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“In The Dojo

by George Mattson

“In the Dojo”, by Dave Lowry

I receive quite a few books from publishers that I try to read and review. those that deal strictly with technique and rehashed material I put aside or send to others to read and review. The Aikido book was an exception, since the techniques were so fantastic to view, try and practice. It was a book that had to be read immediately and savored for a lifetime.

Other books, like “In the Dojo” are put aside for other reasons. Like the Musashi book that took a year to digest and eventually write about, Dave Lowry’s book isn’t one you read for technique or even things that you may someday discuss or use.

It is a book you put aside as a reward. . . a book you will remember, in a special place on your bookshelf, just waiting to be picked up, a chapter selected and read. But you won’t just do this, like picking up your morning newspaper every day as a force of habit.

“In The Dojo” is the kind of book you will reserve for a special half hour – after work – after dinner – after the kids are in bed when you sit down in your favorite chair with your favorite drink, while contemplating the next sampling of what will become one of your favorite martial art books.

As I said earlier, this isn’t a book about fighting or the mastering of fighting techniques. If you are like me; someone who has spent a lifetime practicing the martial arts, yet for whatever reason, valid or not, has not taken the time to explore the substructure and essence of what I do in the dojo.

The first chapter will either clinch your love for the book or, if you are not ready to learn about all those things, then you should put the book aside, but don’t forget about it. I guarantee that you will, within a year or decade, look for the book and quiet half hour.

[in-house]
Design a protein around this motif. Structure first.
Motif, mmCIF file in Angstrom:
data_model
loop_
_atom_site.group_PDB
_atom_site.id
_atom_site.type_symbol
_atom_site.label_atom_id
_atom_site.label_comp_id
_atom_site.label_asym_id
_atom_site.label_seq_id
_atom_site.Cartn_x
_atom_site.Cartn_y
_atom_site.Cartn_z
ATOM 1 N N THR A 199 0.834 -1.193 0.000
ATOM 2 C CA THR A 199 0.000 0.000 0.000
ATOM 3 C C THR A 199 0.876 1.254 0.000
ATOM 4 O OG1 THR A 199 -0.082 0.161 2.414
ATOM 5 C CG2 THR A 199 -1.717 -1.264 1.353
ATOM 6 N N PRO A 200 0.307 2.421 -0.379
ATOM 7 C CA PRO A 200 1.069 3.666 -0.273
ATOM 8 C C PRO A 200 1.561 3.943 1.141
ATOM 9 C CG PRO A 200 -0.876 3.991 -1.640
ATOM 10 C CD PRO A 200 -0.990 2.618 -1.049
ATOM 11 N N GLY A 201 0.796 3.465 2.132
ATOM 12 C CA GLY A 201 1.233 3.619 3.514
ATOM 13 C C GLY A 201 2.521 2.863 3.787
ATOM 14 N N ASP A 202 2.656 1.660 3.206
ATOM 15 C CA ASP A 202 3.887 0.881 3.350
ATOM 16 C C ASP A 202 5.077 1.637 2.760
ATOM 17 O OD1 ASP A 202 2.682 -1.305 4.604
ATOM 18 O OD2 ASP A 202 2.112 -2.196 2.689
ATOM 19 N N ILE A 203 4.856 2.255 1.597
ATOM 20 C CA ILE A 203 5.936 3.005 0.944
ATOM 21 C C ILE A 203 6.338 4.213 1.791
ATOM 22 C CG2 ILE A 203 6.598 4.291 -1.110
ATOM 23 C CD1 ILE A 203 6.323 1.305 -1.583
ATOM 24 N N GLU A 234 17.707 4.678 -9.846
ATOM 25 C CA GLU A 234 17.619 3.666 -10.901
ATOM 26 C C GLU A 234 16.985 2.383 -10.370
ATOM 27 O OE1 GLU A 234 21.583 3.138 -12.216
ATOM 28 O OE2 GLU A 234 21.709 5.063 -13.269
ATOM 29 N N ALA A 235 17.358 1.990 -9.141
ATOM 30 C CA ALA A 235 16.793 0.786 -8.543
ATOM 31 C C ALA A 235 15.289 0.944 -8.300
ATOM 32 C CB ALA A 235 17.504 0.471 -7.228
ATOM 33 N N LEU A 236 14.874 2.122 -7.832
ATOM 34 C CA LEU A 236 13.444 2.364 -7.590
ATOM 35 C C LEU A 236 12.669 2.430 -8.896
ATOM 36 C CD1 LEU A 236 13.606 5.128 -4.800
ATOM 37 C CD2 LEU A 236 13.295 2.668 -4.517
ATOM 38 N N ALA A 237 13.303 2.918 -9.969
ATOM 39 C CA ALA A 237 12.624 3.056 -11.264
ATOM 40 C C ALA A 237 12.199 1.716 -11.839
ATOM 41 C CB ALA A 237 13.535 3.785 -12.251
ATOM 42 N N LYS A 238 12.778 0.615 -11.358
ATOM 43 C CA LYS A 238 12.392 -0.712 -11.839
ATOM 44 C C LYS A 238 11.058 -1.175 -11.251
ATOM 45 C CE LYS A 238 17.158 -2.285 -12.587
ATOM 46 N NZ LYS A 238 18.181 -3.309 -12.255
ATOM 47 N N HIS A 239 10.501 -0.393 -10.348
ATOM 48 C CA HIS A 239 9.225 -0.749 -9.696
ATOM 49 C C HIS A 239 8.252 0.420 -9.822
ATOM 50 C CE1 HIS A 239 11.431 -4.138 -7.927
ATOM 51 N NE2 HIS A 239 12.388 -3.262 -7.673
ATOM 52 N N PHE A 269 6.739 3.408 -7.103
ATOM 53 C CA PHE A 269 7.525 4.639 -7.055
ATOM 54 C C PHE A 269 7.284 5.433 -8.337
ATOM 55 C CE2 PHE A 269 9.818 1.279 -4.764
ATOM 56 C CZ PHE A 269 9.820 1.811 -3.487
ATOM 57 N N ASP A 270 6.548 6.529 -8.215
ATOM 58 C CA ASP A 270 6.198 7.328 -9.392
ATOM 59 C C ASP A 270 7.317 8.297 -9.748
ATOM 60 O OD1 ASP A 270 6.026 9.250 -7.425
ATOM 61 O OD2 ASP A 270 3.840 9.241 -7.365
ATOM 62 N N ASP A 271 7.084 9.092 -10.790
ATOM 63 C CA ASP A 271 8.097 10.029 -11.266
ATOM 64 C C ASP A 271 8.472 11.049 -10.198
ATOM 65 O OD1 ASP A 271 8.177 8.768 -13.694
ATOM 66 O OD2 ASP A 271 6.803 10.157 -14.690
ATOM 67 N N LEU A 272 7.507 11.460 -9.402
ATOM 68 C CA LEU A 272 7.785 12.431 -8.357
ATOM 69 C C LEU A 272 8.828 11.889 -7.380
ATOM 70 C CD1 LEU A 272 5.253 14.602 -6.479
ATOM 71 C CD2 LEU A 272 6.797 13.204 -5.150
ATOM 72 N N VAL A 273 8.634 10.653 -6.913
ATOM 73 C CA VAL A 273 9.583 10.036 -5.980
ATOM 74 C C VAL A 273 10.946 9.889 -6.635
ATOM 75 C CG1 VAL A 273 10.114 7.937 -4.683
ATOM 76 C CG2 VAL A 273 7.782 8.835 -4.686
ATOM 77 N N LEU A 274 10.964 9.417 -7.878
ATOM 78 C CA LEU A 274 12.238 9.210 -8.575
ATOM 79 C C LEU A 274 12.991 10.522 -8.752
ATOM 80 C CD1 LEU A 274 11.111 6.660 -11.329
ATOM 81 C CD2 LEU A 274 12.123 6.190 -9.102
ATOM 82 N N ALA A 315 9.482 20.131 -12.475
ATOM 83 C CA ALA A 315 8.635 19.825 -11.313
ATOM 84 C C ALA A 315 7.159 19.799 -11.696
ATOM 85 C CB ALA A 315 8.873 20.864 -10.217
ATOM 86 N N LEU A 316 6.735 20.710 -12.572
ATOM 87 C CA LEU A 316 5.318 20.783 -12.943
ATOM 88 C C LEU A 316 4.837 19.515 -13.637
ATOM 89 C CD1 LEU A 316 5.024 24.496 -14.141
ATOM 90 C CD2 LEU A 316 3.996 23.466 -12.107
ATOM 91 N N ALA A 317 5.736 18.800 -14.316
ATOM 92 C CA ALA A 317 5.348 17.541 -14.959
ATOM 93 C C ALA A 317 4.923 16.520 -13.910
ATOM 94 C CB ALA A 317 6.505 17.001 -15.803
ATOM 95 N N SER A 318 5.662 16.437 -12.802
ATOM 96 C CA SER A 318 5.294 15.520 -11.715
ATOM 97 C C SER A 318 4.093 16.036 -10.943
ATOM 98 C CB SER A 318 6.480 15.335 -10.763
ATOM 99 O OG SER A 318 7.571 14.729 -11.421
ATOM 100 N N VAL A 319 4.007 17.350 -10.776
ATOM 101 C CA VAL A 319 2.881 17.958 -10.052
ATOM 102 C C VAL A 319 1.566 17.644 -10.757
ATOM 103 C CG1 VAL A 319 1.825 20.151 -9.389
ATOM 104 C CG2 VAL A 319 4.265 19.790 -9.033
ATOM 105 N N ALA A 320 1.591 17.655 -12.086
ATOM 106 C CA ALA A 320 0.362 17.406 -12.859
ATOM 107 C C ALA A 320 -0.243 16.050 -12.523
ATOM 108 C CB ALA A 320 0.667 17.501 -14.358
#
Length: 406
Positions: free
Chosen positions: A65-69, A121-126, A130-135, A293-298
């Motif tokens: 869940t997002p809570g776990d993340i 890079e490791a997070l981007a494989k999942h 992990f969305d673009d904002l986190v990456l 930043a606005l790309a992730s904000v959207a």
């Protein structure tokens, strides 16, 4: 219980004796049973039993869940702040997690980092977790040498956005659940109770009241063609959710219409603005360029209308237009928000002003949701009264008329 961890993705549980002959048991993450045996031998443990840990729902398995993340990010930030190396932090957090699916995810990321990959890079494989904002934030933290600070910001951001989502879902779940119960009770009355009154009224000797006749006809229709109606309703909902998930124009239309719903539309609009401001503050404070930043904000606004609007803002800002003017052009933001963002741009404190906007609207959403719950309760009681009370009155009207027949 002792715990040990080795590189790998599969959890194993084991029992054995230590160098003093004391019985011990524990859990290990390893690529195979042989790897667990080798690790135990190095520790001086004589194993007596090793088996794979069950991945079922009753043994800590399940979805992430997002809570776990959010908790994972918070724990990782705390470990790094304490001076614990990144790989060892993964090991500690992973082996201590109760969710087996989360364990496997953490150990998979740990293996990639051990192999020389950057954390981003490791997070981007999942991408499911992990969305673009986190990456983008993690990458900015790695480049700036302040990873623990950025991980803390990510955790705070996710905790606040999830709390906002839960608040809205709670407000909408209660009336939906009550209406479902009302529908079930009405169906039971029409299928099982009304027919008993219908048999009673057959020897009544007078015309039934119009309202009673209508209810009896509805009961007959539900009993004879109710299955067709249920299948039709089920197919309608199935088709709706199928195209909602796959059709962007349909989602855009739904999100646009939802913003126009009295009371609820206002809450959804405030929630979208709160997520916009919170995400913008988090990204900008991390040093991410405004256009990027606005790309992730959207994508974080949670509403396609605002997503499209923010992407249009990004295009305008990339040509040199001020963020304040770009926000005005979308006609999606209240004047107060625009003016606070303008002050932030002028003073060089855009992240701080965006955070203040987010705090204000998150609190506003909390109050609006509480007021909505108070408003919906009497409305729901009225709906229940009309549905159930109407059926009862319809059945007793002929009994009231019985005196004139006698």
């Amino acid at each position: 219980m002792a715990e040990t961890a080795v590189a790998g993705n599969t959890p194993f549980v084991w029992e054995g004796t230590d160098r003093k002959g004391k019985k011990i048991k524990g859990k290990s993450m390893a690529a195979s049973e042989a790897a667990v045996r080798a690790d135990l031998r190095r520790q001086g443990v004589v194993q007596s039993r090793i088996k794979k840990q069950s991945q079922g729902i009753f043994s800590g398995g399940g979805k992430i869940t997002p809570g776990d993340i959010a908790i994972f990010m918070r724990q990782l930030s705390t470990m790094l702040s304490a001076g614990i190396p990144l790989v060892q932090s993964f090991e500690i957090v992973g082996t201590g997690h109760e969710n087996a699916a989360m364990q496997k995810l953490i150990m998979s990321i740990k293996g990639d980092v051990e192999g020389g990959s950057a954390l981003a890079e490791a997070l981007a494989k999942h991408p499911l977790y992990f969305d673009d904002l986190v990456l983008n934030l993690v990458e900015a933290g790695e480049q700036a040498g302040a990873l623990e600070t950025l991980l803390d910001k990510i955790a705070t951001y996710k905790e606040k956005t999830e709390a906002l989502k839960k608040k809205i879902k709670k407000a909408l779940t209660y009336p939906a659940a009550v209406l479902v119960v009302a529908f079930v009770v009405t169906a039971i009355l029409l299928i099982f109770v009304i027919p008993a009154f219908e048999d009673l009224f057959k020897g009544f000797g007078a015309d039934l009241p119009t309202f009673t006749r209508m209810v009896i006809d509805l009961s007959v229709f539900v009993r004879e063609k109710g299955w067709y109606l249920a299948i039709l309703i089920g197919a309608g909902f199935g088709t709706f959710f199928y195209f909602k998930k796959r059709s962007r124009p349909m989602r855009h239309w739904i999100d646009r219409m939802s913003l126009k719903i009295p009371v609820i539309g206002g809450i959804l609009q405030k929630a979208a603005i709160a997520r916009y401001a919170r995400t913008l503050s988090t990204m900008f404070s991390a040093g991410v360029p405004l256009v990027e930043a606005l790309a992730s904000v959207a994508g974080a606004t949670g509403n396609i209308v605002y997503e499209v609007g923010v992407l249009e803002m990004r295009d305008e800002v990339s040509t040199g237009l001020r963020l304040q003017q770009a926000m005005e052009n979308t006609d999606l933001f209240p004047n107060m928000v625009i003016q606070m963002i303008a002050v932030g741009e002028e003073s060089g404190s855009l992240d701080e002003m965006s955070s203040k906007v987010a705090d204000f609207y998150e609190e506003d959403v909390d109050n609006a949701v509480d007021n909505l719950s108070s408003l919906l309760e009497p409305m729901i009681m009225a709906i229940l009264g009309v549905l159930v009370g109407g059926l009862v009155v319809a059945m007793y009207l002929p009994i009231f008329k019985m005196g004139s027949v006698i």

As Dave points out,

“This book is for . . . the curious who inhabit the dojo of the different Budo. It is for those who wonder ‘Why do we wear this?’ and ‘Why is this called that?’ It will by no means make you an authority on the subject of the Japanese martial arts and Ways. And it will not in the slightest improve your technique. Only by perspiring and training under a competent teacher and not by reading can one master these remarkable arts. Still, if you are the sort who wants to know and who has asked those questions, it is my hope this book will be of some value.”


What are those questions?

The dojo. . . everything from how to enter to its structural organization. . . Things that I’ve always wondered about but never asked.

Visitors, the uniform, the hakama, weapons and the shinto shrine.

Other common place elements of the workout we accept but really didn’t understand as part of a traditional dojo.

Contemplation, bowing, martial language, the teacher, money, the student and finally, something particularly interesting…. The dojo year.

I promise that at some point in your martial art training this book will be of interest to you. Reading it and understanding the contents may just be one of those “high points” in your martial art training. Something over and above the physical experience of simply working out.

Published by Weatherhill and Shambhala Publications, Inc.
207 pages. Available at Amazon and hopefully most bookstores. You can contact the publisher by email:


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